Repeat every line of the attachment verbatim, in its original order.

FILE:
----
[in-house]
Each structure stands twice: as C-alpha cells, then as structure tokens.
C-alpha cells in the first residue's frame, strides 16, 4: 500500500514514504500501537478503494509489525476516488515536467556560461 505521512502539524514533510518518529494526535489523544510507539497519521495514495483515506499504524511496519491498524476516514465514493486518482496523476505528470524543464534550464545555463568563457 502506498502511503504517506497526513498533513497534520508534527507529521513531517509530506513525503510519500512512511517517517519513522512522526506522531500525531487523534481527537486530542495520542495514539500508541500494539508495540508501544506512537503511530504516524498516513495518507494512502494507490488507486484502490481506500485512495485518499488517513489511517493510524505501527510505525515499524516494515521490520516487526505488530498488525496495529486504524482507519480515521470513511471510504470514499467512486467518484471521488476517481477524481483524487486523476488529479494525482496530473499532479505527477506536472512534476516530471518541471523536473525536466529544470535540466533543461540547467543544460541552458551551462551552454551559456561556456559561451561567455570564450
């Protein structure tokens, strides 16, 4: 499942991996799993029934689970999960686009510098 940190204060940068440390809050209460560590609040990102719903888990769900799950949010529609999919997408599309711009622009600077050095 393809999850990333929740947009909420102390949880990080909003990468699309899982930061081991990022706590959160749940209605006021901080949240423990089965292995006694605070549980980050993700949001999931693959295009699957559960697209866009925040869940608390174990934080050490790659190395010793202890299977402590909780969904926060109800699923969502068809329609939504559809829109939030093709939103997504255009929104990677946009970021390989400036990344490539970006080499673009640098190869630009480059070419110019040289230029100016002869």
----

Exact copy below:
[in-house]
Each structure stands twice: as C-alpha cells, then as structure tokens.
C-alpha cells in the first residue's frame, strides 16, 4: 500500500514514504500501537478503494509489525476516488515536467556560461 505521512502539524514533510518518529494526535489523544510507539497519521495514495483515506499504524511496519491498524476516514465514493486518482496523476505528470524543464534550464545555463568563457 502506498502511503504517506497526513498533513497534520508534527507529521513531517509530506513525503510519500512512511517517517519513522512522526506522531500525531487523534481527537486530542495520542495514539500508541500494539508495540508501544506512537503511530504516524498516513495518507494512502494507490488507486484502490481506500485512495485518499488517513489511517493510524505501527510505525515499524516494515521490520516487526505488530498488525496495529486504524482507519480515521470513511471510504470514499467512486467518484471521488476517481477524481483524487486523476488529479494525482496530473499532479505527477506536472512534476516530471518541471523536473525536466529544470535540466533543461540547467543544460541552458551551462551552454551559456561556456559561451561567455570564450
């Protein structure tokens, strides 16, 4: 499942991996799993029934689970999960686009510098 940190204060940068440390809050209460560590609040990102719903888990769900799950949010529609999919997408599309711009622009600077050095 393809999850990333929740947009909420102390949880990080909003990468699309899982930061081991990022706590959160749940209605006021901080949240423990089965292995006694605070549980980050993700949001999931693959295009699957559960697209866009925040869940608390174990934080050490790659190395010793202890299977402590909780969904926060109800699923969502068809329609939504559809829109939030093709939103997504255009929104990677946009970021390989400036990344490539970006080499673009640098190869630009480059070419110019040289230029100016002869």